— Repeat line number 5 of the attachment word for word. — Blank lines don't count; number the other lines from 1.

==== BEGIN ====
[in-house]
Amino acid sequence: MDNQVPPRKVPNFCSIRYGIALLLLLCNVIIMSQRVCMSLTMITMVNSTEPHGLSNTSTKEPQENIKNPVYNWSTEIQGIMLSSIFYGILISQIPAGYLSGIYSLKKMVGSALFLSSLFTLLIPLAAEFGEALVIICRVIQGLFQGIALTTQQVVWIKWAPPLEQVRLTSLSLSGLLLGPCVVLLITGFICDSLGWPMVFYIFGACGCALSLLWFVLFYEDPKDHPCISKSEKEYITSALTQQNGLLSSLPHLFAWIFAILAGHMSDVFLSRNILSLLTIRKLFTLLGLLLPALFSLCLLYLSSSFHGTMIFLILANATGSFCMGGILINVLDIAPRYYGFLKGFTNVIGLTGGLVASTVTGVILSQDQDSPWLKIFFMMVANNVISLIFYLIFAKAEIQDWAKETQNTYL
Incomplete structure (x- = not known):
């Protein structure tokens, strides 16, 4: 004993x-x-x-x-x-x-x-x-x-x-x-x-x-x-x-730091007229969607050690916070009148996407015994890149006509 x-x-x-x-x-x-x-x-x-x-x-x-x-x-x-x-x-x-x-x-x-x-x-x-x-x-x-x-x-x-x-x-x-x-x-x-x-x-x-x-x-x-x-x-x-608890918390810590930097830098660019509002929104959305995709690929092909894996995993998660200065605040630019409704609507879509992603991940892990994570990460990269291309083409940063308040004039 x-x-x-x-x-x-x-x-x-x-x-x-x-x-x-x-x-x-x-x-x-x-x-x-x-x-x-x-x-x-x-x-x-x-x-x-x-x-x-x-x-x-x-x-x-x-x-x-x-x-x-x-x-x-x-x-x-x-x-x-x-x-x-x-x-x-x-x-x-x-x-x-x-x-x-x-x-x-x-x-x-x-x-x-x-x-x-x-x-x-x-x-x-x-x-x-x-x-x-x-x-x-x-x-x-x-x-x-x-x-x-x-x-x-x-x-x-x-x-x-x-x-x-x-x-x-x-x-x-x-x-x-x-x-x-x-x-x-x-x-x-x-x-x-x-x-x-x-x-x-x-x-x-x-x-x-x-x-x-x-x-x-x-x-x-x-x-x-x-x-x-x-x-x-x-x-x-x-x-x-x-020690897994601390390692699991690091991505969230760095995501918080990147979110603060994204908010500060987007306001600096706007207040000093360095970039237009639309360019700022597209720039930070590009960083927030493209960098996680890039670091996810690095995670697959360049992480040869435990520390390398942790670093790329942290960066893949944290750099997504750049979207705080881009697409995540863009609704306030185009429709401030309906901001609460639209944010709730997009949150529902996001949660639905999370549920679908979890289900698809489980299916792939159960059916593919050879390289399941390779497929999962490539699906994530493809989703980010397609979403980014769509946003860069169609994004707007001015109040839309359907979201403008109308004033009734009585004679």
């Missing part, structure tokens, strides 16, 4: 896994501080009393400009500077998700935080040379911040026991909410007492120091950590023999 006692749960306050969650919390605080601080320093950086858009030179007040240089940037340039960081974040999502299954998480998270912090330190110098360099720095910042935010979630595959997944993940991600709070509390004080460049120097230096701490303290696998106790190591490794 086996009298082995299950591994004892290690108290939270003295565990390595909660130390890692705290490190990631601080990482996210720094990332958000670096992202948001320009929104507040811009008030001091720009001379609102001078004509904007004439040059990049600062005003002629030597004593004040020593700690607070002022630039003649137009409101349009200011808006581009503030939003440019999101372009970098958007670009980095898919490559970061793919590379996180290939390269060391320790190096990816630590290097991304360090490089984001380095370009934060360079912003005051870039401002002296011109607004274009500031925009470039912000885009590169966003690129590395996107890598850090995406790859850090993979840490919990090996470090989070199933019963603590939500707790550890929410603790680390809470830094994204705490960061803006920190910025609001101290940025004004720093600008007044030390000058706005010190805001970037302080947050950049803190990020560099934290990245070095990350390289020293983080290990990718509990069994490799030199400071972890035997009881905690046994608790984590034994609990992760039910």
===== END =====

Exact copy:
């Missing part, structure tokens, strides 16, 4: 896994501080009393400009500077998700935080040379911040026991909410007492120091950590023999 006692749960306050969650919390605080601080320093950086858009030179007040240089940037340039960081974040999502299954998480998270912090330190110098360099720095910042935010979630595959997944993940991600709070509390004080460049120097230096701490303290696998106790190591490794 086996009298082995299950591994004892290690108290939270003295565990390595909660130390890692705290490190990631601080990482996210720094990332958000670096992202948001320009929104507040811009008030001091720009001379609102001078004509904007004439040059990049600062005003002629030597004593004040020593700690607070002022630039003649137009409101349009200011808006581009503030939003440019999101372009970098958007670009980095898919490559970061793919590379996180290939390269060391320790190096990816630590290097991304360090490089984001380095370009934060360079912003005051870039401002002296011109607004274009500031925009470039912000885009590169966003690129590395996107890598850090995406790859850090993979840490919990090996470090989070199933019963603590939500707790550890929410603790680390809470830094994204705490960061803006920190910025609001101290940025004004720093600008007044030390000058706005010190805001970037302080947050950049803190990020560099934290990245070095990350390289020293983080290990990718509990069994490799030199400071972890035997009881905690046994608790984590034994609990992760039910």